We include "affiliate sales" links with most of our blog posts. This means we receive a percentage of a sale if you click over from our site (at no cost to you). None of our affiliate commission links are direct relationships with specific gear companies or shopping carts, instead we remain removed by using a third party who manages all our affiliate sales and relationships. We also sell display "banner" advertising, in this case our relationships are closer to the companies who advertise, but our display advertising income is carefully separated financially and editorially from our blog content, over which we always maintain 100% editorial control -- we make this clear during every advertising deal we work out. Please also notice we do the occasional "sponsored" post, these are under similar financial arrangements as our banner advertising, only the banner or other type of reference to a company are included in the blog post, simply to show they provided financial support to and provide them with advertising in return. Unlike most other "sponsored content" you find on the internet, our sponsored posts are entirely under our editorial control and created by WildSnow specific writers.See our full disclosures here.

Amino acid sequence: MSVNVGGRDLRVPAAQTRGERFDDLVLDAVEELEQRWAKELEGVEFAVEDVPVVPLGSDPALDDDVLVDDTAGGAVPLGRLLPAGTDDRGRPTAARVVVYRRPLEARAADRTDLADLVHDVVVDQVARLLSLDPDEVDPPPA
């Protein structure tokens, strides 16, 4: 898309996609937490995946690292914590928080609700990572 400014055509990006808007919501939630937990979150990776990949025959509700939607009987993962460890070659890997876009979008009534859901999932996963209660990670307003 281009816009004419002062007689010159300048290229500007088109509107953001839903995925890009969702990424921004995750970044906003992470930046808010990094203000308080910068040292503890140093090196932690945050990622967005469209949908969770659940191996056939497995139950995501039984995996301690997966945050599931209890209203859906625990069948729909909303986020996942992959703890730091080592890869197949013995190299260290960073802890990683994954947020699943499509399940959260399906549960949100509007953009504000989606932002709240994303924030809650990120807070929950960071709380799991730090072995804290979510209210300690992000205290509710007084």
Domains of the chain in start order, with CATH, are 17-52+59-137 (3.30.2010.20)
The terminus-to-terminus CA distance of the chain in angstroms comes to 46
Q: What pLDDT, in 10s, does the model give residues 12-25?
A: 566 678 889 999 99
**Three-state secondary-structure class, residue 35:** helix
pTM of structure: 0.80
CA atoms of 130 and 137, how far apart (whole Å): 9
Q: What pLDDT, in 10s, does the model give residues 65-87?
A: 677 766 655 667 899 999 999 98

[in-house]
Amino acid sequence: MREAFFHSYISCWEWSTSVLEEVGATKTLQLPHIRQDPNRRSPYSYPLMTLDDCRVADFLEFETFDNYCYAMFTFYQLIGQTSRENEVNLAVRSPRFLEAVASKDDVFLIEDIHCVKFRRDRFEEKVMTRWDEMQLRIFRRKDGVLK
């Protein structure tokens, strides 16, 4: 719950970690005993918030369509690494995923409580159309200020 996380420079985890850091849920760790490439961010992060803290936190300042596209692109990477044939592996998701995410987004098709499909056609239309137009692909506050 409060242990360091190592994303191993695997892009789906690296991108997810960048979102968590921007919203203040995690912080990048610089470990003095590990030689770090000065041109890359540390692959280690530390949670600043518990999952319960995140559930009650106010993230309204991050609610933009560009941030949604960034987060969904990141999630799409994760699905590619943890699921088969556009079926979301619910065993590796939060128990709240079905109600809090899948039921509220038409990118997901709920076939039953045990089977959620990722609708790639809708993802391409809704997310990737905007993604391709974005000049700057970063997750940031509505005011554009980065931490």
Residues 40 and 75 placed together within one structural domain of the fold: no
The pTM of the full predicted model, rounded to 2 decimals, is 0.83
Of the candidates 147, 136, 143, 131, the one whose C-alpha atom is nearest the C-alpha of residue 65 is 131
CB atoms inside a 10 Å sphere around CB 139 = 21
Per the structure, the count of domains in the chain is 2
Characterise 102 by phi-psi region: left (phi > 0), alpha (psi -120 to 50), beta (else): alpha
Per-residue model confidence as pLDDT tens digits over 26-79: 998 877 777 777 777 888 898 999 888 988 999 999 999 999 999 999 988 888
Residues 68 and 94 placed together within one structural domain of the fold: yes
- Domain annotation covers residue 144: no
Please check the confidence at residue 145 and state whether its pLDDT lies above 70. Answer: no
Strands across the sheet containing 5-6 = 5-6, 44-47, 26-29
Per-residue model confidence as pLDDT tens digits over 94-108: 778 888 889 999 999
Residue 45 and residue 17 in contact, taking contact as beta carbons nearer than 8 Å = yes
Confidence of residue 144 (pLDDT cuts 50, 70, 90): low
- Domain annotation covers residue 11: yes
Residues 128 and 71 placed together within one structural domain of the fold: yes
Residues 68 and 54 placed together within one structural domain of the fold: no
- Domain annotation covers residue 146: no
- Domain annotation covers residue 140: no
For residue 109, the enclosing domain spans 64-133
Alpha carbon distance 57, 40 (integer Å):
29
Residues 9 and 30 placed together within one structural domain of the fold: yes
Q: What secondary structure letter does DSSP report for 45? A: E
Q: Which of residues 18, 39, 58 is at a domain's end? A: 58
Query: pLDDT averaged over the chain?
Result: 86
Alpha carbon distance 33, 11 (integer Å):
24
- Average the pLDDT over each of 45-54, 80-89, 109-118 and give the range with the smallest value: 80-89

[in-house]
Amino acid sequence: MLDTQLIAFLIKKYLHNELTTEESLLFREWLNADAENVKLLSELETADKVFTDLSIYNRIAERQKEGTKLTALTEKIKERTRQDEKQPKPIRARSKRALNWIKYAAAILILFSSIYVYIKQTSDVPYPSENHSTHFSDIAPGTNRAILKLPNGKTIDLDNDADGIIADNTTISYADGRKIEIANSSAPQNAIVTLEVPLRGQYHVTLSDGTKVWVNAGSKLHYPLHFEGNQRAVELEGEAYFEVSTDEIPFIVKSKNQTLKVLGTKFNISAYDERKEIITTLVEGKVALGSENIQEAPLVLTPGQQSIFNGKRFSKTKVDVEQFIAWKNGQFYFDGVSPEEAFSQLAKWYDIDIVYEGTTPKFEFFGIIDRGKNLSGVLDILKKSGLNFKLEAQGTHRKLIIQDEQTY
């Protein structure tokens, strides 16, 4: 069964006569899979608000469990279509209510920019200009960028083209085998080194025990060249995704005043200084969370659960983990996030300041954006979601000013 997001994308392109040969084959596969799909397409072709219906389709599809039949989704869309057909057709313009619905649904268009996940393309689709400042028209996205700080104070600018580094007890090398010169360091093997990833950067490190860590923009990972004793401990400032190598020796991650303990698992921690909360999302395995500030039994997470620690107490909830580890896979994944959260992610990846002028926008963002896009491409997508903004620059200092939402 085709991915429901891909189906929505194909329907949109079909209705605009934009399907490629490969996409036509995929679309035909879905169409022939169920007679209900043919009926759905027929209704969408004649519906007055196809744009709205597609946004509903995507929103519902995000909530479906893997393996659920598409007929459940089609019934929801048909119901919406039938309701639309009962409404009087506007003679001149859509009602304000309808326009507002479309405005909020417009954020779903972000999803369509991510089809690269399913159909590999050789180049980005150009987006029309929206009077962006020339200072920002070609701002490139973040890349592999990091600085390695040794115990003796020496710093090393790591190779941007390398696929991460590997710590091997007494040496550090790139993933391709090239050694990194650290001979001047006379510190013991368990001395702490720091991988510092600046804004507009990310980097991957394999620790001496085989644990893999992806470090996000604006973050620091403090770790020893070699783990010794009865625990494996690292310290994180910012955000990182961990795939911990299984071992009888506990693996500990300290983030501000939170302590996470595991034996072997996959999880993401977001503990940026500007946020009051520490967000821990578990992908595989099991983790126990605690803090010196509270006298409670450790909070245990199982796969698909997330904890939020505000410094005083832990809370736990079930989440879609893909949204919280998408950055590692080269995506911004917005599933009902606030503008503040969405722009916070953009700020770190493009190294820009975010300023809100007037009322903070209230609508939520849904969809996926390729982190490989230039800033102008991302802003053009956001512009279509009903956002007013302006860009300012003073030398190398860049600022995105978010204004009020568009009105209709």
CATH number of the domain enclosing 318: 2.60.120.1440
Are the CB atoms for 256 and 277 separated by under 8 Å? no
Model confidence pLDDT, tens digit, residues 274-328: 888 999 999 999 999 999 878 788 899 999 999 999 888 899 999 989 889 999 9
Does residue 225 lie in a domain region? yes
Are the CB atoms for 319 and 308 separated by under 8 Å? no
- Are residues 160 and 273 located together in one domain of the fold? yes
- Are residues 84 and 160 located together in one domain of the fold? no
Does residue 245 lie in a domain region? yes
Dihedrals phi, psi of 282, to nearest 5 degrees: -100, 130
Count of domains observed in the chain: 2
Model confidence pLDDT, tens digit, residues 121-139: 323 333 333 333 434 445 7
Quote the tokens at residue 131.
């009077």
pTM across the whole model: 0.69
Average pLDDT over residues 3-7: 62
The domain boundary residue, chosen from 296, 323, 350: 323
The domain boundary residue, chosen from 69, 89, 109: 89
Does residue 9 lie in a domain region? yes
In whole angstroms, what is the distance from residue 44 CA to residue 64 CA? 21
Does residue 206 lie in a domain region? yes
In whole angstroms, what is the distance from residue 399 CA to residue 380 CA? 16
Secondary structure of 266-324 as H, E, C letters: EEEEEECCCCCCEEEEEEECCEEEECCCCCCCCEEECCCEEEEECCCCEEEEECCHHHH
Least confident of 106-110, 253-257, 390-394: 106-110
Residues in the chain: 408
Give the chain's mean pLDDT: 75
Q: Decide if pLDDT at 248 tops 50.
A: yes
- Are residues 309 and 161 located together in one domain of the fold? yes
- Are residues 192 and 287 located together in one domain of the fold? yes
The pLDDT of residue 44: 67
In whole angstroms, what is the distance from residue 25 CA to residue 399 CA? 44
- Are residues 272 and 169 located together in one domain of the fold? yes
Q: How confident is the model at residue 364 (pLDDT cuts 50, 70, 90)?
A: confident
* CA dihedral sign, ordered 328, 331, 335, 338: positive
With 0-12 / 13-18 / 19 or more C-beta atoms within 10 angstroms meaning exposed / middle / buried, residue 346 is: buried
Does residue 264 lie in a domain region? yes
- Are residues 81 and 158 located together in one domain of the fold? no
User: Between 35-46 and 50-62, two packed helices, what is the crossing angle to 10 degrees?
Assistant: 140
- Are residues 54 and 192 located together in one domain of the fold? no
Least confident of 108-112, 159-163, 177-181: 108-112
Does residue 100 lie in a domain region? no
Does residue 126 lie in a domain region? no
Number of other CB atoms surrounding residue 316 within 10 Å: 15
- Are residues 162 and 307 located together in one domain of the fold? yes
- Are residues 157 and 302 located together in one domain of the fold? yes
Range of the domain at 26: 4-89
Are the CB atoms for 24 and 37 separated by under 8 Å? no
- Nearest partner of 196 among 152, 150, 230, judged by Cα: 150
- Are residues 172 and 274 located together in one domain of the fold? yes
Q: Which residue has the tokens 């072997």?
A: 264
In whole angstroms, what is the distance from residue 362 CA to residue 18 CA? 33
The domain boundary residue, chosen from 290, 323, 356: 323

Backcountry skiing is dangerous. You may be killed or severely injured if you do any form of ski mountaineering, skimo randonnee and randonnée skiing. The information and news on this website is intended only as general information. Due to human error and passing time, the information, text and images contained within this website may be inaccurate, false, or out-of-date. By using, reading or viewing the information provided on this website, you agree to absolve the owners of Wild Snow as well as content contributors of any liability for injuries or losses incurred while using such information. Furthermore, you agree to use any of this website's information, maps, photos, or binding mounting instructions templates at your own risk, and waive Wild Snow owners and contributors of liability for use of said items for ski touring or any other use.

    Switch To Mobile Version